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Gastroenterology. 1995 Sep;109(3):994-8.

The effects of sulindac on colorectal proliferation and apoptosis in familial adenomatous polyposis.

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Department of Medicine, Johns Hopkins University School of Medicine and Hospital, Baltimore, Maryland, USA.



The mechanism by which sulindac causes regression of adenomas in patients with familial adenomatous polyposis (FAP) is unclear. Conflicting data on the drug's effects on colorectal epithelial proliferation have been reported. An alternative mechanism, and one not previously studied, is via induction of colorectal epithelial cell apoptosis (programmed cell death). This hypothesis was tested by studying the effects of sulindac on colorectal epithelial proliferation and apoptosis in patients with FAP.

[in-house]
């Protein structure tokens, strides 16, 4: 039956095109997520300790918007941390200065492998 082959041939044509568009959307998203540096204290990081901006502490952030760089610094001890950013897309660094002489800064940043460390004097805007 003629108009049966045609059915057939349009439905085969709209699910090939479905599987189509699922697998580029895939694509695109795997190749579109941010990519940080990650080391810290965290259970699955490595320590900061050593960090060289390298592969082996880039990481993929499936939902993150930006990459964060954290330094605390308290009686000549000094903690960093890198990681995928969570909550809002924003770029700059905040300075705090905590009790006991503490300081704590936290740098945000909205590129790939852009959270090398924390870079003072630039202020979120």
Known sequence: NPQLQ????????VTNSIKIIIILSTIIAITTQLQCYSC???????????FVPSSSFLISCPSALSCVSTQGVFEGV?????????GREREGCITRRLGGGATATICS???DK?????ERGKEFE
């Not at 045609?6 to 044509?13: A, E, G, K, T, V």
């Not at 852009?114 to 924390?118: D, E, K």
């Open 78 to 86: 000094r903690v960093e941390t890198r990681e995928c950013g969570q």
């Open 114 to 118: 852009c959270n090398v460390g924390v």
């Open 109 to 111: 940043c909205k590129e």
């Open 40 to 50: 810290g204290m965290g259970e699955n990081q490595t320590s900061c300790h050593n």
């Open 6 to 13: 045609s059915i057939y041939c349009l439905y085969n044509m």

Cell proliferation was studied via immunohistochemistry for cell nuclear antigen in a group of 22 patients randomized to either sulindac (150 mg twice a day) or placebo in a previously published trial. The rectal epithelium from 7 additional patients with FAP treated with sulindac was examined by flow cytometry to assess changes in cell-cycle distribution and apoptosis.


Although sulindac caused a significant decrease in polyp size and number, there was no significant change in cytokinetic variables or cell cycle distribution 3 months after treatment. However, the subdiploid apoptotic fraction was increased significantly 3 months after treatment with sulindac (31.3% +/- 4.8% compared with 10% +/- 4.3% at baseline; P = 0.01).


Our findings suggest that sulindac does not affect colorectal epithelial proliferation and that its effects in patients with FAP may instead result from induction of apoptosis.

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